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I have a program in SimMechanics that uses 6 derivative blocks (du/dt). It takes about 24 hours to do 10 secs of simulation. Is there any way to reduce the calculation time of the Simulink derivative blocks?

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Do you mean integrator blocks (1/s)? The derivative block shouldn't add much time to your simulation, it just does a simple difference approximation on the input signal. The SimMechanics portion of the model could definitely be causing the solver to be slow. Are you using an implicit solver? – MikeT Oct 4 '09 at 1:22

2 Answers 2

You don't say what your integration time step is. If it's on the order of milliseconds, and you're simulating a 10 sec total transient time, that means 10,000 time steps.

The stability limit of the time step is determined by the characteristics of the dynamic system you're simulating.

It's also affected by the integration scheme you're using. Explicit integration is well-known to have stability problems for larger time steps, so if you're using an Euler method of integration you'll be forced to use a small time step.

Maybe you can switch your integration scheme to an implicit method, 5th order Runge Kutta with error correction, or Burlich-Storer. See your documentation for details.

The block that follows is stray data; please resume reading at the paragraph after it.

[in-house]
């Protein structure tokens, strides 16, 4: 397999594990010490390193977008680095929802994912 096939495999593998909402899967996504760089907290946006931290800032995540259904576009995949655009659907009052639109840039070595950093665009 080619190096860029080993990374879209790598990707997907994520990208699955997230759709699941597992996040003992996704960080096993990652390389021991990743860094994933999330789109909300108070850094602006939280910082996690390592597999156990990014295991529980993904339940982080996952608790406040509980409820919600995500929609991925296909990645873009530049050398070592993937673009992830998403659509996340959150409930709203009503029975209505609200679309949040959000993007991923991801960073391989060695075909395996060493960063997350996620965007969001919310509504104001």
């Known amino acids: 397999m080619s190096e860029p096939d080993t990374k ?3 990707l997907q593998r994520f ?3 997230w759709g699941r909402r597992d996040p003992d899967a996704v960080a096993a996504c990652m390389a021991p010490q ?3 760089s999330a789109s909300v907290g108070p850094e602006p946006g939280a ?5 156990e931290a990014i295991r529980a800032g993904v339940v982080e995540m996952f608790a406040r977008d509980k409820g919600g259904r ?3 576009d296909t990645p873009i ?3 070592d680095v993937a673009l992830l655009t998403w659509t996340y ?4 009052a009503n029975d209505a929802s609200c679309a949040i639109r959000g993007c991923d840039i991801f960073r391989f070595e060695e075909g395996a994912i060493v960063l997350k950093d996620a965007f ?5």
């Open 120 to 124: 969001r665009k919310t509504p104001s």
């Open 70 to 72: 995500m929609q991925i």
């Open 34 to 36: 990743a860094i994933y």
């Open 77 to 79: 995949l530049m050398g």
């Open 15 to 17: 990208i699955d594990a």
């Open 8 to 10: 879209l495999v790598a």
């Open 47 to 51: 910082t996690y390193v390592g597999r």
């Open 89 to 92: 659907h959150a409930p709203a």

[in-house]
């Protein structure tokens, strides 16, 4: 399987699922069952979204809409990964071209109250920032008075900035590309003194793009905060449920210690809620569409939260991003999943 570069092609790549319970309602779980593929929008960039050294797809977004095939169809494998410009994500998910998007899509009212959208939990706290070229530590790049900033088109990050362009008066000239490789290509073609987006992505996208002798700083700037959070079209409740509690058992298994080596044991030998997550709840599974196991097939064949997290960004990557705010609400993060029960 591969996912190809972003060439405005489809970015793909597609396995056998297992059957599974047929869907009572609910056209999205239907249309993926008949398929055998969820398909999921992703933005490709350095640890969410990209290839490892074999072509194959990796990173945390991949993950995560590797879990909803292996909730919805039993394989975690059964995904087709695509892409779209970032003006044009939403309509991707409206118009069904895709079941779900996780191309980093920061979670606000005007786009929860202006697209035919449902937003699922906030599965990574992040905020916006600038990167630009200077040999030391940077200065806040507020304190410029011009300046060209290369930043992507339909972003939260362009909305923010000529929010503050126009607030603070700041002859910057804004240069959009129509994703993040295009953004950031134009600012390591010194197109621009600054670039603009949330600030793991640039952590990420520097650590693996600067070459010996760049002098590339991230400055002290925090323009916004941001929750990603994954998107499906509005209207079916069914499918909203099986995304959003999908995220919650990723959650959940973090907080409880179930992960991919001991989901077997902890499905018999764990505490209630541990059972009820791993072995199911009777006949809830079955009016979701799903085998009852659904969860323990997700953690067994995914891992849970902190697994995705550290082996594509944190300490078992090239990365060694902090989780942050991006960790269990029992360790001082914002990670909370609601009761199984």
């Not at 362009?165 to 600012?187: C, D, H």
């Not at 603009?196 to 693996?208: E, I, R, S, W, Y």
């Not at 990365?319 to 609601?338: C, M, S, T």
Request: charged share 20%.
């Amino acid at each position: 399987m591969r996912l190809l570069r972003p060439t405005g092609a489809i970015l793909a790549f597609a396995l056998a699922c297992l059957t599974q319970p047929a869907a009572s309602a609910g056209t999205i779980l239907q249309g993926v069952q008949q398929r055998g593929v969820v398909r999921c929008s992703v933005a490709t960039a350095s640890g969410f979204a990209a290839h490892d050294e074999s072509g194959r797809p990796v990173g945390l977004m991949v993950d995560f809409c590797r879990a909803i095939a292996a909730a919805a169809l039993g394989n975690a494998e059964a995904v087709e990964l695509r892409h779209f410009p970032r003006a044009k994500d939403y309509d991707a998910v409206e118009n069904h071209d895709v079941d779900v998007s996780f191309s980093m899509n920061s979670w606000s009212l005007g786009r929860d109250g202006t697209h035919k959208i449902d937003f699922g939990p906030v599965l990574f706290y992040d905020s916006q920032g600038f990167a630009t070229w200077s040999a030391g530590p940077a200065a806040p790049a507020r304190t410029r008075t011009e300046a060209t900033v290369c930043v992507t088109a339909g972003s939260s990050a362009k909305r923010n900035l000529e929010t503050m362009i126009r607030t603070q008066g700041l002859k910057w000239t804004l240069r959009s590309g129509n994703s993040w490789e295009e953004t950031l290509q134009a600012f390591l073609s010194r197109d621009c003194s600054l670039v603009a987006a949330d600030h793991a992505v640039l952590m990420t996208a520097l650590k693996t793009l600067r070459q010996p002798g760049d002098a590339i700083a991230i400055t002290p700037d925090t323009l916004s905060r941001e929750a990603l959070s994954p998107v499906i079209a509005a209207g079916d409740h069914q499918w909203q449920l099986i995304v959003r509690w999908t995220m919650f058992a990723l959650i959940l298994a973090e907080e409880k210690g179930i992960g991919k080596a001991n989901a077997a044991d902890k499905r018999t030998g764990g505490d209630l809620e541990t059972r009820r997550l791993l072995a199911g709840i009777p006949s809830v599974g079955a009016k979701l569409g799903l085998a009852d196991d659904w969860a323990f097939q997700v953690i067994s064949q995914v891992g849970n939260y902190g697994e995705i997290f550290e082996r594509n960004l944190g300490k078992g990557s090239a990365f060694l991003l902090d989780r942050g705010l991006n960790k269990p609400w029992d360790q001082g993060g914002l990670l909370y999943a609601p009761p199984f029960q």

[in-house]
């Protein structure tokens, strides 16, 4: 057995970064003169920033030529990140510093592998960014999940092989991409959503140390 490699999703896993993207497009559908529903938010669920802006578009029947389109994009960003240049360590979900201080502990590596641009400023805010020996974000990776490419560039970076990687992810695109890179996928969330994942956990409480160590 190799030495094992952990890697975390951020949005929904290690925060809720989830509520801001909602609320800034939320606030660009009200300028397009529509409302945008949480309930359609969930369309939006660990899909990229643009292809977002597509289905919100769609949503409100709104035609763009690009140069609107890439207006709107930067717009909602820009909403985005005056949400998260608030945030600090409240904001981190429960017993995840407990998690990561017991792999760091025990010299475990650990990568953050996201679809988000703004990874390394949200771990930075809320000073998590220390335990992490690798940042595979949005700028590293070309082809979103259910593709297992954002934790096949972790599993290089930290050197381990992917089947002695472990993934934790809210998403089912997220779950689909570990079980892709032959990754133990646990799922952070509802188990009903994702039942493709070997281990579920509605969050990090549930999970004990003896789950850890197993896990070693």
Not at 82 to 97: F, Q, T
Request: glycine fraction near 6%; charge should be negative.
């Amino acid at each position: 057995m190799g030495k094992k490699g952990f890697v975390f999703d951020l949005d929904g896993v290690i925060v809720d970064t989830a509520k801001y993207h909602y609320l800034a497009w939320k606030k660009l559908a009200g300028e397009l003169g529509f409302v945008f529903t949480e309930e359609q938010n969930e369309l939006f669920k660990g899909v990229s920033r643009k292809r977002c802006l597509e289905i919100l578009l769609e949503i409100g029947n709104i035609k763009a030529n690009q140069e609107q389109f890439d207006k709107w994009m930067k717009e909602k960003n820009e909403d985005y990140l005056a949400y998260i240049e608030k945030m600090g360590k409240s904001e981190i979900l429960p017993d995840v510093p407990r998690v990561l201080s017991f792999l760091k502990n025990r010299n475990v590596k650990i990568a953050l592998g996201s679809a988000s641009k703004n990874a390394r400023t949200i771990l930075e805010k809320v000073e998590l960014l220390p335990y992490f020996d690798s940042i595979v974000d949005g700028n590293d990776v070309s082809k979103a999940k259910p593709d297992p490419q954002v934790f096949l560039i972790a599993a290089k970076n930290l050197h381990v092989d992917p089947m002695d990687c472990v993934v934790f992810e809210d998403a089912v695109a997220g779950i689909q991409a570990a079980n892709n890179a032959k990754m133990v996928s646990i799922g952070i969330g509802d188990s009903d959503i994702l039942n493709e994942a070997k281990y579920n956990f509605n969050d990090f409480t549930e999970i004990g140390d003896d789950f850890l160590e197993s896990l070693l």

You've given no useful information about the physics of the system of interest, the size of the model, or your simulation choices, so all this is an educated guess on my part.

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Runge-Kutta methods (called ODE45 or ODE23 in Matlab dialect) are not always useful with mechanical problems, due to best performance with variable time slice setup. Move to fixed time setup and select the solver by evaluating the error order you can admit. Refer to both Matlab documentation (and some Numerical Analysis texts too, :-) ) for deeper detail.

Consider also if your problem needs some "stiff-enabled" technique of resolution. Huge constant terms could drive to instability your solver if not properly handled.

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Stiff equations are exactly why I recommended staying away from explicit integration. That's where the stability problems come from. – duffymo Oct 4 '09 at 13:07

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